It costs money to be near water in Southern California. Almost invariably, the most expensive homes are those on the beach, on a harbor or alongside a lake.
Within condominium and commercial developments, the same principal usually applies. The most desirable units are those that abut a lake or stream. Ironically, though, this scramble to be nearer to the water usually ends at the lake's edge, Murky, chemical laden waters make many manmade bodies of water something to be seen, not touched. These mini environmental disasters, which may number in the thousands in Orange County, are the focus of one environmentally conscious company. Ecoquatics of Modjeska Canyon has built its business around cleaning up polluted lakes, streams, ponds and fountains. Its unique niche is the restoration and maintenance of water systems by biological, nonchemical means.
A typical job involves the reahabilitation of a decorative lake or pond in a commercial development or condominium project. Almost always, the water is so heavily polluted that visibility has been reduced to just a few inches. And, invariably, the culprit is a maintenance company that has dumped enormous amounts of chemicals into the water in an attempt to purify it.
"It's a vicious cycle," says Shelly Solomon, a biologist and landscape architect who cofounded Ecoquatics in 1994 with her partner, David Cowling, an aquatic mechanical systems specialist. "Chemicals are being created at great cost to the environment and then shipped to Orange County. We then dump the chemicals into our waters in a futile effort to clean them, but in fact we create even more polllution. Unfortunately, most people don't even know that the job can be done biologically."
The widespread use of Chemicals within the water maintenance industry is common. Most companies rely heavily on algaecides high in copper sulfate and chlorine to clean waters. Ecoquatics by contrast, uses aquatic plants and aquatic life to do the same job organically. Typically, Ecoquatics arrives on the scene when the water is in such dismal concition that it has become an eyesore rather than an aesthetic centerpiece.
At "The Lakes at Carmel del Mar" in San Diego, the condominium complex's five lakes resembled cesspools. "They looked like pea soup with a thick slab of mozzarella on the top," said Theresa Walker, a resident at Carmel who successfully petitioned the association to hire Ecoquatics.
By far, the most troublesome chemical that Ecoquatics confronts is copper sulfate. This over the counter chemical is widely used and highly toxic. Maintenance companies use it liberally to kill algae and bacteria. Its destruction, however, isn't limited to just the lake where it is used. Even if a manmade lake has no direct access to a natural waterway the chemicals often seep through its concrete bottom and make their way into the surrounding soil and eventually into the water table. In marinas, copperbased paint is applied to boats to prevent barnacles from growing on the hulls. When the paint flakes or is scraped off, the copper settles in the sediment at the harbor bottom and poses a serious threat to sea life.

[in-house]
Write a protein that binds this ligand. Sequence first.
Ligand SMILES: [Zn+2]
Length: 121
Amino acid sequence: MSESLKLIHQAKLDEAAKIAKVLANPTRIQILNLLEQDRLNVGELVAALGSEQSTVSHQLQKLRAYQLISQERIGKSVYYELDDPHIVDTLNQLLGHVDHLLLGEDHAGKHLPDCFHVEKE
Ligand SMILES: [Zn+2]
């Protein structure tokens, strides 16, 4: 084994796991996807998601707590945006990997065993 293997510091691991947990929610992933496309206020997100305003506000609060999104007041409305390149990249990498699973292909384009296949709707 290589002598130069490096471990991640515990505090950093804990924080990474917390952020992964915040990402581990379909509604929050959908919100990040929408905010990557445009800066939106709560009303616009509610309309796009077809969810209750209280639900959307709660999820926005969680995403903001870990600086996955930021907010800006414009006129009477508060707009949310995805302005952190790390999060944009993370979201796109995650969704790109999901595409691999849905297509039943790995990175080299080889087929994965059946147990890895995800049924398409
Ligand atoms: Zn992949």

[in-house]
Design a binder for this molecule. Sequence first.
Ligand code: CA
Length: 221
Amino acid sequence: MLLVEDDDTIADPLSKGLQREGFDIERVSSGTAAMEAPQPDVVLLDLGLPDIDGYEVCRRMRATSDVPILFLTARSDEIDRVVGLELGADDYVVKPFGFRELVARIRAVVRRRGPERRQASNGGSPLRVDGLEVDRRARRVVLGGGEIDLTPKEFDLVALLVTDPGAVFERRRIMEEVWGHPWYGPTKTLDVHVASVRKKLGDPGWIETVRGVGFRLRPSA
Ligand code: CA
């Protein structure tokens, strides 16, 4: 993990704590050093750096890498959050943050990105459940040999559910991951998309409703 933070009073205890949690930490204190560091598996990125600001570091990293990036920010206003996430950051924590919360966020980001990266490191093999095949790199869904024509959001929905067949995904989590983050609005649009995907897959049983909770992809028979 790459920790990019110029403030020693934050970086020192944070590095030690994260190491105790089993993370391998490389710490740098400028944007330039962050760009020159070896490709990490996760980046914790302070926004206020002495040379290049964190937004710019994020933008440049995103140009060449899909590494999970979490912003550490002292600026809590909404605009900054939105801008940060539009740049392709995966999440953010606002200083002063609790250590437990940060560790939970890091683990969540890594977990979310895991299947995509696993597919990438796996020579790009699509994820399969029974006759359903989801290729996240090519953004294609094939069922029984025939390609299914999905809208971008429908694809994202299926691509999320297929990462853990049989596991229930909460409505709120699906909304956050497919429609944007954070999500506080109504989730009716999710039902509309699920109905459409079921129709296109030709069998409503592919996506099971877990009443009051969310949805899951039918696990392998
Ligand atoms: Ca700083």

"It leaves our waters dead," says Solomon. The greater destruction, however, occurs at chemical production sites. At Iron Mountain near Redding, CA, the mining of copper and other metals has created the largest toxic waste site in the West. Although mining has long since ended, hundreds of pounds of copper and zinc still pour into the Sacramento River daily. It is estimated that Iron Mountain accounts for 25 percent of all the copper and zinc surface water pollution.
Just how widespread the use of copper sulfate is in Orange County is not known. "Generally, privately owned lakes are not monitored so we wouldn't regulate their use of copper or chlorine," says Kurt Berchtold, Assistant Executive Officer with the California Regional Water Quality Control Board. Berchtold says that although permits are required before manmade lakes can be drained, few are requested.
So where is the contaminated water being discharged? "more than likely it goes down a storm drain, enters a flood control channel and then makes its way out to the ocean," says Berchtold. Periodic testing is done on flood control water, but it usually takes two weeks to get the results, by which time the polluted water is long gone. And in any event, testing is primarily done to characterize, not stop, pollutants going into the ocean.